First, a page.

34. You daydream a lot. Go on adventures in your mind. This can happen anywhere and anytime.
  35. You can sense the energy of food. You can tell if it feels healthy or not. You are also drawn to bad foods that make you feel good, such as chocolate or sugary treats.
  36. People may consider you strange, aloof or indifferent.
  37. You may have difficulty urinating in public, especially if you feel under pressure. If someone is waiting, you will give up and try to find a place that isn’t being used.
  38. You attract sociopaths and narcissists into your life that will use and abuse you. They will convince you that you are the one who is wrong.

When people find out they are an empath, they ask: How do I know I am one? Generally, only an Empath will ask that type of question. Non Empaths do not care.

If you find yourself nodding along to the above traits, then yes, you are certainly and Empath. The good news is there is so much you can do about it. You can turn what so many call a curse into a blessing.

Help and resources are at hand and they need not cost you a cent.

The free Empath Guidebook was written especially for the Empath and can be downloaded from empathsupport.com

You can also join the Facebook group which focuses on resources and community.  https://www.facebook.com/groups/empathsupport/

If you want to connect to other Empaths and spiritual people in real time, you can try the chat room. http://www.psi-zone.net/oldchat.html

You are not alone.

Guest post: People Who Have Struggled With Addiction Talk About Turning Their Lives Around


gust-post

Today’s post is from a lady called Christina Underwood who asked if I’d post something she wrote in regards to addiction.

Life is a beautiful thing. Addiction can quickly cloud that fact, but when a person is able to get the help that they need, it doesn’t take as long as they think to gain that perspective back. This is clear from the many stories I’ve listened to from recovering addicts. Hope may seem lost, but as the proverbial smoke clears, many realize that things aren’t so bad after all.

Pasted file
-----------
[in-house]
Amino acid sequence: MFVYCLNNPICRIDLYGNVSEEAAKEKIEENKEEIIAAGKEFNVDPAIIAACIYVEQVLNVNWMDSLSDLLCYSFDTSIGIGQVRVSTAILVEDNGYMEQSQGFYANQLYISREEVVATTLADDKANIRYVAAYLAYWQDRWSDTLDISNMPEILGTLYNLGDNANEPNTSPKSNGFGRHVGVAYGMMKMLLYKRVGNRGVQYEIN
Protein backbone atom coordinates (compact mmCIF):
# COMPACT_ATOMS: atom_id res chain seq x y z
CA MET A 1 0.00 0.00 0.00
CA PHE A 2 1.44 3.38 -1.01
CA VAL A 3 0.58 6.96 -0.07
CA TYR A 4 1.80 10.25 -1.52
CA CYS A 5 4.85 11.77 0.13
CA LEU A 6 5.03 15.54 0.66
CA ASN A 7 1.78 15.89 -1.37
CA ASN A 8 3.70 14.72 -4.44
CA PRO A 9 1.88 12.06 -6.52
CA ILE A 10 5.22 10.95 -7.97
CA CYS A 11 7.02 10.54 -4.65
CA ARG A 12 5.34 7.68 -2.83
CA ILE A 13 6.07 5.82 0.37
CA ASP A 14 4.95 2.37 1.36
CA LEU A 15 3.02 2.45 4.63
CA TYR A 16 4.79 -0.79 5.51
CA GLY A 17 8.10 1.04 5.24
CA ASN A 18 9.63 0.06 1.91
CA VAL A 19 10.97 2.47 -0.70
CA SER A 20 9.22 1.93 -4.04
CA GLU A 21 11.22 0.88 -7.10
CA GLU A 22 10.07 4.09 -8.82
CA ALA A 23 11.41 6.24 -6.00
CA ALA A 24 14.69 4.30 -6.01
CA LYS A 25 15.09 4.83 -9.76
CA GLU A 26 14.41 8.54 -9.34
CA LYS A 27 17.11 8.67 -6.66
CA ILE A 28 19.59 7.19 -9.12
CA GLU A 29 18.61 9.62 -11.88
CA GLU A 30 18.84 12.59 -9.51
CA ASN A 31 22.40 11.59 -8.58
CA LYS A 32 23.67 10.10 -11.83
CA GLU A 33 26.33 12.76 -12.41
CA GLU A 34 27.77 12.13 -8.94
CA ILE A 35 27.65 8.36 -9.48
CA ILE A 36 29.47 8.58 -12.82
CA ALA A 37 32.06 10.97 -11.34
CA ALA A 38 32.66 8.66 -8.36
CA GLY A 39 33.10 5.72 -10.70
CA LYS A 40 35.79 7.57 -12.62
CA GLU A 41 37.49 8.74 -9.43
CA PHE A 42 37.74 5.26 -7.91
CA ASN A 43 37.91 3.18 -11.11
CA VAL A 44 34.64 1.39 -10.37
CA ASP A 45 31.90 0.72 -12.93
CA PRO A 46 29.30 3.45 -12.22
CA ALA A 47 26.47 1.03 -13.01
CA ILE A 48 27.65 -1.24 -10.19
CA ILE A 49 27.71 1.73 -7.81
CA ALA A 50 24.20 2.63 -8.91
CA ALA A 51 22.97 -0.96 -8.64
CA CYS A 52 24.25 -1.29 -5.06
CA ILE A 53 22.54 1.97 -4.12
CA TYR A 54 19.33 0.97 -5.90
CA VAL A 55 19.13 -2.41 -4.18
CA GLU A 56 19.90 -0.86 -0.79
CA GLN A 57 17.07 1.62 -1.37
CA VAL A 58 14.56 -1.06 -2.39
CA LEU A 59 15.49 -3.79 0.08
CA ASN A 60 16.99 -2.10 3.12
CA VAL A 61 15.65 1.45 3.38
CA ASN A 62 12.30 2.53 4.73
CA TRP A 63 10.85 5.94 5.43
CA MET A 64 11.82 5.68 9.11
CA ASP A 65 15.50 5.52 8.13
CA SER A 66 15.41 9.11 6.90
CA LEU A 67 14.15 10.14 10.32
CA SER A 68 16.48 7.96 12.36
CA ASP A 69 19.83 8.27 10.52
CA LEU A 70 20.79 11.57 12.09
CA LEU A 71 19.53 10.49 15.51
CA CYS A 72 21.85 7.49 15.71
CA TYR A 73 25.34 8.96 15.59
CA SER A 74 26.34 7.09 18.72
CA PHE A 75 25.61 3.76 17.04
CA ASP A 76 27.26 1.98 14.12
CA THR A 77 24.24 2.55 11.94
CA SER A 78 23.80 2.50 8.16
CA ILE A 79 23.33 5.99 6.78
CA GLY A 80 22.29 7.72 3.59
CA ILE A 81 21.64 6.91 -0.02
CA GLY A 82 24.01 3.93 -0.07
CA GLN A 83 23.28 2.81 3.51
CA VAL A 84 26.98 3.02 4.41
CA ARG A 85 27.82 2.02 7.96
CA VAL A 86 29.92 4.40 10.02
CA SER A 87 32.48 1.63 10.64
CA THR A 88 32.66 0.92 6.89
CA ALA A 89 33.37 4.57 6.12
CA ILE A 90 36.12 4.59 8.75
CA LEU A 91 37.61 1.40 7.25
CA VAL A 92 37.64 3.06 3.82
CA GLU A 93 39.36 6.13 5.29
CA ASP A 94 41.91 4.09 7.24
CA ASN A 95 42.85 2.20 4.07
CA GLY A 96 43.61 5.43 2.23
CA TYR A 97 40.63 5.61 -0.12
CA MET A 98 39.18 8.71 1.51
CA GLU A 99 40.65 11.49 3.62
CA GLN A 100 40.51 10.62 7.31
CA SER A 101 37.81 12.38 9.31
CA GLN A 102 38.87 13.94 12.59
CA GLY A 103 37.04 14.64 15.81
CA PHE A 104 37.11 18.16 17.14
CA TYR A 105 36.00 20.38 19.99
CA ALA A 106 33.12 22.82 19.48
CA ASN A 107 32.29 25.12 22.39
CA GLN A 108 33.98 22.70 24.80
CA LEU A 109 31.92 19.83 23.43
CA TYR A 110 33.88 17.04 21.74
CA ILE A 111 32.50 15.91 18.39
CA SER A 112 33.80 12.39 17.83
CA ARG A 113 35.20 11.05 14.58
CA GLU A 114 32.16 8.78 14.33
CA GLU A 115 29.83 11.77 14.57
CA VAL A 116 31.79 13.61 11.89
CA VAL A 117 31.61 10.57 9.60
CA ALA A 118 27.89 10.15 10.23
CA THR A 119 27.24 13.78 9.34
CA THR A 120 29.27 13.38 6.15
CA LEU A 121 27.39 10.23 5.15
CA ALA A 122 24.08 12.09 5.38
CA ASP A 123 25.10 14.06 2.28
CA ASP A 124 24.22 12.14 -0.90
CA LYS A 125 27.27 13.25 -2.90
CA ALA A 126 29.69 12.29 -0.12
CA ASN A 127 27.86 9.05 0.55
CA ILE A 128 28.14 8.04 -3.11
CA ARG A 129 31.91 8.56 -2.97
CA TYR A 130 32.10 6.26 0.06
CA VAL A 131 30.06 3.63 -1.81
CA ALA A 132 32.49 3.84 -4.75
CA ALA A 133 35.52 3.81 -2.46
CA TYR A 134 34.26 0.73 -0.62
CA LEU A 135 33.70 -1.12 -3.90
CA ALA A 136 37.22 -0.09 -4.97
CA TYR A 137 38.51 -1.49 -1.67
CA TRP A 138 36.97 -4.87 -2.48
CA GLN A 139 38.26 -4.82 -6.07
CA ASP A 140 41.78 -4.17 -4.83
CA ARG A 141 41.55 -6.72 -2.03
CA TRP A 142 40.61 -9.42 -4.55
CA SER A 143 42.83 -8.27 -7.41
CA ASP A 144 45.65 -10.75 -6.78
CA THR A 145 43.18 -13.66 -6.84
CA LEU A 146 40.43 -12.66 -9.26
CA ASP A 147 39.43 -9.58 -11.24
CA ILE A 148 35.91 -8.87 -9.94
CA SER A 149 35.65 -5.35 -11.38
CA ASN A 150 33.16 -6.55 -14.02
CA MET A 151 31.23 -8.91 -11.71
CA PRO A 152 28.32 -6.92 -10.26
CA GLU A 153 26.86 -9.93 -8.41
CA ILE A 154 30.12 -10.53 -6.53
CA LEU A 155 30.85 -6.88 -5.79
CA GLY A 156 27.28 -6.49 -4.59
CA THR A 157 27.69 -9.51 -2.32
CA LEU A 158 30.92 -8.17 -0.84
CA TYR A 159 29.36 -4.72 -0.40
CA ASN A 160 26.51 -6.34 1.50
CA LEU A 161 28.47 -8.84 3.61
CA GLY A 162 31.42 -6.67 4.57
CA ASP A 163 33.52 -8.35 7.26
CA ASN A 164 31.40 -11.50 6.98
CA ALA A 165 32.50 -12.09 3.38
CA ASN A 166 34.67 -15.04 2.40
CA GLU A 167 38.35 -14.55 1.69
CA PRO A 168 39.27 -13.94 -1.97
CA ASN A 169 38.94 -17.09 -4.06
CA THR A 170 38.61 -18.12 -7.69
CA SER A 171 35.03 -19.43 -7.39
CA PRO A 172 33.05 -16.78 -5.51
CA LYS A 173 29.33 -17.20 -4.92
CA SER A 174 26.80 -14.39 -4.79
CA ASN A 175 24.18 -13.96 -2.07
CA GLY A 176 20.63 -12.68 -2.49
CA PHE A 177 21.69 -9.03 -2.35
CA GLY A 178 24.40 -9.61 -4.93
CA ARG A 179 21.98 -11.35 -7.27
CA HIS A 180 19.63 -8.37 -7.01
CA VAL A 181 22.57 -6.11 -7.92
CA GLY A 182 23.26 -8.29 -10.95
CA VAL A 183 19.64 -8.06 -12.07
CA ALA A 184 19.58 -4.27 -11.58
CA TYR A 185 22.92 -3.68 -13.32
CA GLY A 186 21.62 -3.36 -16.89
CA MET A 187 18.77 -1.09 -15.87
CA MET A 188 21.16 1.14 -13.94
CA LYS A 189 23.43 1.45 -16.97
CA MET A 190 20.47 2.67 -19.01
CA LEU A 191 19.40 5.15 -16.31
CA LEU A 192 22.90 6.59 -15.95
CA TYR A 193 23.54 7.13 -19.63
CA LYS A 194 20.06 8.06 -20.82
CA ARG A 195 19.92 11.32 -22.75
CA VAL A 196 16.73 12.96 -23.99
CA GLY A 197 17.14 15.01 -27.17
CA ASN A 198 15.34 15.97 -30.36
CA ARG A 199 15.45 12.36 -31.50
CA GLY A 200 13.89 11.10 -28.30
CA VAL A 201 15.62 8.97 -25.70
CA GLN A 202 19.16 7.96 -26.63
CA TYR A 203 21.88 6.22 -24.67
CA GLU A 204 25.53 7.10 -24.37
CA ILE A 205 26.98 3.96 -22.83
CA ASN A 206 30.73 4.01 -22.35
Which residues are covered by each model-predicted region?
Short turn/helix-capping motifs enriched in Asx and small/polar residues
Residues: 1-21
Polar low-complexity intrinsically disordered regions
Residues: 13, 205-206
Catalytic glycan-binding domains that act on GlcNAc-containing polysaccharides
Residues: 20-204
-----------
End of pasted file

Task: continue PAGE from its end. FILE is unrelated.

Jarakah, a 23-year-old woman from Battle Mountain, Nevada, who attended the Michigan treatment center A Forever Recovery, said her treatment “completely” changed her life and helped her “take a negative idea and turn it into a positive one immediately.”

“My thinking process is different,” she said, adding, “It’s absolutely amazing how different I feel, how prepared I am to go out into the world and how excited I am to start my life.”

Matt, who started drinking at 15, put it this way: “What’s 45 days of your life? You can come here, and if you don’t like it, you can go home. The drinks and the drugs will always still be there. I can say a lot of people would do anything to have a seat here. And I’m just grateful I took it. It just completely changed my life around.”

Ryan from Ohio was a drug user for 9 years (including a 4-to-5 year stint with heroin).

He said, “When you’re in [treatment], you’re kind of in a bubble getting to learn the tools you need to address your life. I’m happy that I get to go home to my family. I’m happy that I’m clean and sober.”

Wesley, a heroin user from Brooklyn, told a story that’s all too common: drug abuse led him to stay on the streets for almost a year. Eventually, a relapse led him to treatment.

“At that time in my life, I was in need of some love and some real care,” he recalled. “So I thank God for the people who are on the front lines of withdrawal who paved the way and gave me the opportunity to give myself a chance. My favorite part, although it was hard for me, was to take an opportunity to give my growth some consideration. I’ve gained some tools, some insight, some awareness to be able to not misplace hostility on people who have nothing to do with what is going on inside my head. I’m not scared because I’ve been prepared for the inevitable, and that is to take back my life.”

“Now I’m ready to move on with my life,” he said. “I’m ready to be a productive member of society and take back a life that I so irresponsibly threw away. I felt like I was leaving home [when I graduated]. I felt like I was leaving my family. Those people have literally become my family. They know more about me than my own family. I thought I could never be honest in my life and let someone know what is truly going on with me. They prepared me, and they gave me my self-esteem back. They loved me more than I hated myself, and helped me to see that there is value, meaning, and purpose in my life. And today, I have what it takes. I have a new life, and I have the tools to proceed with that new life.”

Everybody has a different story about how they got to the point where they needed to seek treatment, but the common thread is that everyone who shares these stories makes peace with who they are, is able to leave the past in the past, and looks forward to a better life.